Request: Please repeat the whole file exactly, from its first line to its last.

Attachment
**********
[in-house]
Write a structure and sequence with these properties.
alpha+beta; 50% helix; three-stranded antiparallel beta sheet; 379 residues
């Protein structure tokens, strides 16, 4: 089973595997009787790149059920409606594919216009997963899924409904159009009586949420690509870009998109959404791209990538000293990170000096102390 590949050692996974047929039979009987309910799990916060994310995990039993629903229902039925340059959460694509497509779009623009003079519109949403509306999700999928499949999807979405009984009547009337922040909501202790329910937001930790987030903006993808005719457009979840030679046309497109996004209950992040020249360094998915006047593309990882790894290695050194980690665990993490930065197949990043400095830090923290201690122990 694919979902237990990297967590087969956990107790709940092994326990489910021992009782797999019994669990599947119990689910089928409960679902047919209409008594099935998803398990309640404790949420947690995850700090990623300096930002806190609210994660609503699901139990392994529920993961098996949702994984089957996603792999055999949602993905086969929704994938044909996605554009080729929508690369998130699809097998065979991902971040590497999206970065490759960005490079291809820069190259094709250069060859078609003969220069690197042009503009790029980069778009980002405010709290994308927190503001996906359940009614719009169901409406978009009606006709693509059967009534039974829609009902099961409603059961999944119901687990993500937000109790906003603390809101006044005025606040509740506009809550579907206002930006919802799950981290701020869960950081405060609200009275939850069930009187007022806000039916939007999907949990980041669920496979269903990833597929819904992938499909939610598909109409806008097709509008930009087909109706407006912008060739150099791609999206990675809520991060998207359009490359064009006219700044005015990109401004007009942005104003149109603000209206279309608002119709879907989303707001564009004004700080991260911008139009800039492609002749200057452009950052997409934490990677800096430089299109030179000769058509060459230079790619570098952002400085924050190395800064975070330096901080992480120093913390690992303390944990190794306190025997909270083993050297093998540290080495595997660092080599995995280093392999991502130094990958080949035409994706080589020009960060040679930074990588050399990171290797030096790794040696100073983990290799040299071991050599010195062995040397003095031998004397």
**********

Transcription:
[in-house]
Write a structure and sequence with these properties.
alpha+beta; 50% helix; three-stranded antiparallel beta sheet; 379 residues
């Protein structure tokens, strides 16, 4: 089973595997009787790149059920409606594919216009997963899924409904159009009586949420690509870009998109959404791209990538000293990170000096102390 590949050692996974047929039979009987309910799990916060994310995990039993629903229902039925340059959460694509497509779009623009003079519109949403509306999700999928499949999807979405009984009547009337922040909501202790329910937001930790987030903006993808005719457009979840030679046309497109996004209950992040020249360094998915006047593309990882790894290695050194980690665990993490930065197949990043400095830090923290201690122990 694919979902237990990297967590087969956990107790709940092994326990489910021992009782797999019994669990599947119990689910089928409960679902047919209409008594099935998803398990309640404790949420947690995850700090990623300096930002806190609210994660609503699901139990392994529920993961098996949702994984089957996603792999055999949602993905086969929704994938044909996605554009080729929508690369998130699809097998065979991902971040590497999206970065490759960005490079291809820069190259094709250069060859078609003969220069690197042009503009790029980069778009980002405010709290994308927190503001996906359940009614719009169901409406978009009606006709693509059967009534039974829609009902099961409603059961999944119901687990993500937000109790906003603390809101006044005025606040509740506009809550579907206002930006919802799950981290701020869960950081405060609200009275939850069930009187007022806000039916939007999907949990980041669920496979269903990833597929819904992938499909939610598909109409806008097709509008930009087909109706407006912008060739150099791609999206990675809520991060998207359009490359064009006219700044005015990109401004007009942005104003149109603000209206279309608002119709879907989303707001564009004004700080991260911008139009800039492609002749200057452009950052997409934490990677800096430089299109030179000769058509060459230079790619570098952002400085924050190395800064975070330096901080992480120093913390690992303390944990190794306190025997909270083993050297093998540290080495595997660092080599995995280093392999991502130094990958080949035409994706080589020009960060040679930074990588050399990171290797030096790794040696100073983990290799040299071991050599010195062995040397003095031998004397």